Q. When should I have my eyes check-up?

Generally, it's advisable to have the eyes check-up once annually. This is particularly important for preschool children as high myopia, hypermetropia or astigmatism can lead to strabismus (squint) or amblyopia (lazy eye), which can be prevented if detected and corrected early before a child is 6 years old.

Q. Should I wear my spectacle constantly?

If you are over 6 years old and without any symptom on performing visual tasks, it's all right to put on your spectacle whenever you need it. However, it's rather dangerous when you are driving or carry out certain activities with poor vision. If you are under 6 years old, it's advisable to wear the spectacle constantly, unless your refractive error is mild.

Q. Should I regularly "update" my spectacle power for 6/6 vision?

Your practitioner is trained to prescribe the appropriate correction which meets your daily visual needs best. Different people have different visual needs and different tolerance to the correction.

In most cases, full correction is prescribed for best comfortable vision. For certain cases, the correction may be deliberately under corrected to aid tolerance, and then gradually strengthened over a period of months, if desired. Your practitioner may also prescribe slightly under powered (myopic) correction if your activities involved mainly near works.

Q. What is a cataract and how does it affect the vision?

The human crystalline lens is a clear, flexible substance in the normal eye. It is situated just behind the pupil and constitute one of the main elements that focus incident light onto the retina.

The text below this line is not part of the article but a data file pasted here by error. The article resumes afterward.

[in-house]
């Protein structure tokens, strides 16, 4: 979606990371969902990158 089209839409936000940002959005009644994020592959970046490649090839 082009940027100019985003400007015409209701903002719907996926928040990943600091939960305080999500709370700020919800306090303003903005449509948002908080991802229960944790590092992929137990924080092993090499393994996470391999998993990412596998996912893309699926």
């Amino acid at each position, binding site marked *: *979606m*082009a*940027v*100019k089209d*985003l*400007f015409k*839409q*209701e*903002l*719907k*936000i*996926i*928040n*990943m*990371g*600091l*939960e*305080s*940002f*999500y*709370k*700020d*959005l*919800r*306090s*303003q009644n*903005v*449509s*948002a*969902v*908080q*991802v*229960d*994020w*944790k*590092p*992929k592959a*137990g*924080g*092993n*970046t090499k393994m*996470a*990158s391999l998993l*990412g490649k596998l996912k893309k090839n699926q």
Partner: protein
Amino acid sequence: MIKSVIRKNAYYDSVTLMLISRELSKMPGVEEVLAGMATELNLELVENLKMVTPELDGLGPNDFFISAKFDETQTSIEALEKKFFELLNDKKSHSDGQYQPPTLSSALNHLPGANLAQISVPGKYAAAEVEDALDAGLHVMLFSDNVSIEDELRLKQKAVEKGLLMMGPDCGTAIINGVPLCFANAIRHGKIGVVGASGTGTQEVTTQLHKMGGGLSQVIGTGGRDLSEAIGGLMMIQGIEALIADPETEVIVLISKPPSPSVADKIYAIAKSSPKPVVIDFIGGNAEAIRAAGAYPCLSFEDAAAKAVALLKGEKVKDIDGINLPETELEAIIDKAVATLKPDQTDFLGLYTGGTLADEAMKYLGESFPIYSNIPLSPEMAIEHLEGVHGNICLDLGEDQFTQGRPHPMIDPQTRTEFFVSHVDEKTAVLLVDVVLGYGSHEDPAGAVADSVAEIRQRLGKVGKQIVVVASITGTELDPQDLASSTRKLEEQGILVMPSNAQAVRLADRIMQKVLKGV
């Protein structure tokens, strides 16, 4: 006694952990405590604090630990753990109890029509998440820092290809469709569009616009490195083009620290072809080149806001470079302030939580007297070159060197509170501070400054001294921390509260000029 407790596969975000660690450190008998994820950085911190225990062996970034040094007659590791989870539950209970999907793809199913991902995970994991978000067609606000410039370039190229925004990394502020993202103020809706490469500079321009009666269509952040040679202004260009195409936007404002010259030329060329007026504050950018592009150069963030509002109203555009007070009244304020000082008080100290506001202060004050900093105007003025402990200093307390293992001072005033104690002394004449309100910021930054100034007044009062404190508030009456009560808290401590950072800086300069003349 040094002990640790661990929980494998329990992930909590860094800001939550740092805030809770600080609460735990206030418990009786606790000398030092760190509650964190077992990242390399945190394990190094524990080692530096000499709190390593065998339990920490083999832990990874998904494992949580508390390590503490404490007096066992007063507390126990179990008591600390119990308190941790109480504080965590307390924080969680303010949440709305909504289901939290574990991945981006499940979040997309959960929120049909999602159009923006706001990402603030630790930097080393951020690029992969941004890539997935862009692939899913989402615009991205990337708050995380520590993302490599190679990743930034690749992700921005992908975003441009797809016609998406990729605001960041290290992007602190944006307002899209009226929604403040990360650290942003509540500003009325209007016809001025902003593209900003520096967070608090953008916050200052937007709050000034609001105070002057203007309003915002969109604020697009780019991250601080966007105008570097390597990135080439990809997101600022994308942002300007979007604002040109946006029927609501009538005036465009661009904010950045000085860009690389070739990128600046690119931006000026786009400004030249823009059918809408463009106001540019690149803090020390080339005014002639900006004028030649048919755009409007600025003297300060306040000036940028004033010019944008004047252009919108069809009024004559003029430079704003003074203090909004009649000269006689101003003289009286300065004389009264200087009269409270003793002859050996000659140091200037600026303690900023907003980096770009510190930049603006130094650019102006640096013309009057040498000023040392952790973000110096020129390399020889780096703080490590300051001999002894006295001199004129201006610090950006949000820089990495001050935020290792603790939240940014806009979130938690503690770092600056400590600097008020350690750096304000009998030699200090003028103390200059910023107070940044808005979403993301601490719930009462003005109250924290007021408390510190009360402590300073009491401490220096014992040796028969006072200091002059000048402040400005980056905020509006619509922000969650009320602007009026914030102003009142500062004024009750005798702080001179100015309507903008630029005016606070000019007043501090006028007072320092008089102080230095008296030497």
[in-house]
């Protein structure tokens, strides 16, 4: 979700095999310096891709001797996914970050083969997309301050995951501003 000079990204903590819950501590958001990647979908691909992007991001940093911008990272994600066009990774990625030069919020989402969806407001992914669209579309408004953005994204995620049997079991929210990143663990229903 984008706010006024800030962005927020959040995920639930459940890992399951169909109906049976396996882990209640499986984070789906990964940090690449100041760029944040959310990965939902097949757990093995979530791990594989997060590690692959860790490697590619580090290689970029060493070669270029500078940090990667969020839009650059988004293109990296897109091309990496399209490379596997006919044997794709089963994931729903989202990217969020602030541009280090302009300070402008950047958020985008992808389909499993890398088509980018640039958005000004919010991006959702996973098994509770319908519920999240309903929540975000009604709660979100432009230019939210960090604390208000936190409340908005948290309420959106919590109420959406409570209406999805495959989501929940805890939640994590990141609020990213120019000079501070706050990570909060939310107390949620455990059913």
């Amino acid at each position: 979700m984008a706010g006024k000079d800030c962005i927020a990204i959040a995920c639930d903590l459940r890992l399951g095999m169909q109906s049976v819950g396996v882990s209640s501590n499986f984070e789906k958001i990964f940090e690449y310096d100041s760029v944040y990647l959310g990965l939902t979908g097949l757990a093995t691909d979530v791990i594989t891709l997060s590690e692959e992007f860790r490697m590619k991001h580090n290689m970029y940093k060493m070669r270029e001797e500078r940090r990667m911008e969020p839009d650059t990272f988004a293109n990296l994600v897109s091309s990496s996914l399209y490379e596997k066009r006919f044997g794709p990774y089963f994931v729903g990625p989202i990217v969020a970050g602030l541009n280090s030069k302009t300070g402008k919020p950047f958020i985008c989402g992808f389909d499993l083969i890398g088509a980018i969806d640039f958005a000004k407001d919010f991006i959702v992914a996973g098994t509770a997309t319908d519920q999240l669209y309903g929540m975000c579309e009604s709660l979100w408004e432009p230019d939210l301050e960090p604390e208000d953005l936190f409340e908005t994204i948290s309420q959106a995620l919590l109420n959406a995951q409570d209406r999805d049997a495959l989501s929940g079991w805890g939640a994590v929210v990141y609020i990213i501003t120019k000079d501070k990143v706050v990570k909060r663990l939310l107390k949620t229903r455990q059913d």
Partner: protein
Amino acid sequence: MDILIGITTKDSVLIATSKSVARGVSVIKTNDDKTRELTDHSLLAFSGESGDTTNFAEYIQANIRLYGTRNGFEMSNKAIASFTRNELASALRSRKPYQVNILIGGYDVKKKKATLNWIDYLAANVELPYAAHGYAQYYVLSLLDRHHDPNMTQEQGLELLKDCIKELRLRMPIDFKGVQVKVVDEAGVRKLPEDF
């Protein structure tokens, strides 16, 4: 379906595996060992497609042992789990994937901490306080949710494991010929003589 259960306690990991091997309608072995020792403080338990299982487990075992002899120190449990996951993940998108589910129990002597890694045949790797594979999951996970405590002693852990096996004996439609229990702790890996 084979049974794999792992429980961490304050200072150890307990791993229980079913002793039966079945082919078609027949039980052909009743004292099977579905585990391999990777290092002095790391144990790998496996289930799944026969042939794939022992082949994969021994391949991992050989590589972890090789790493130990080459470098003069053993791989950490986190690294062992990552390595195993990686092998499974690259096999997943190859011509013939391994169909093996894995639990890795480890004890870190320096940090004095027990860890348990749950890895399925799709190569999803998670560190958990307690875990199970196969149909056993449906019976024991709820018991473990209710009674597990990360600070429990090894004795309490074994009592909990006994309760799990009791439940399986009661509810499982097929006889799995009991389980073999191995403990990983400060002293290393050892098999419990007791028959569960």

A cataract means the clouding or opacification of the crystalline lens which in most cases is due to aging. When a cataract is formed, the incident light become scattered or blocked, causing blur images on the retina hence poor vision.

In early stage, cataract often accompanied with a myopic shift (an increase in myopia or decrease in hypermetropia) which also result poor vision, but vision may be improved for a period of time by fitting with appropriate spectacle correction. However, the best result is through surgery removal of the clouding lens and implant an IOL (intra-ocular lens).

Q. Will working at a computer screen hurt my eyes?

No, there is no evidence that working at a computer damages the eyes. However, long hours of work can be fatiguing to the eyes, neck and back. Monitor glare from various light sources can also be a problem. It is often helpful to take periodic breaks, looking off in the distance and adjusting your work station (angle of the monitor, height of the chair, changing the lighting, etc.).

Q.Will sitting too close to the television set hurt my child's eyes?

No, there is no scientific evidence that TV sets emit rays that are harmful to the eyes.

Q. Why have I gradually found it harder to read without glasses?

The ability to focus on near objects decreases steadily with age and is referred to as presbyopia. Presbyopia is a natural aging of the lens. It is usually near the age of 40, when glasses or bifocals are prescribed to correct this condition.

Q. Are sunglasses good for my eyes?

There is a benefit to wearing UV protective lenses--wearing them may protect against cataract formation. Clear lenses with UV protection may offer greater protection than dark lenses because they allow the eyes to be exposed to more light. This causes greater constriction of the pupil which lets less light enter the eyes.

Q. Is my child likely to inherit my need for glasses?

Possibly. If both the biological parents wear glasses, your children are likely to need them as well.

Q. Will reading in dim light hurt my eyes?

No, but most people are more comfortable reading with proper lighting which is bright enough to provide good illumination but not so bright as to cause glare.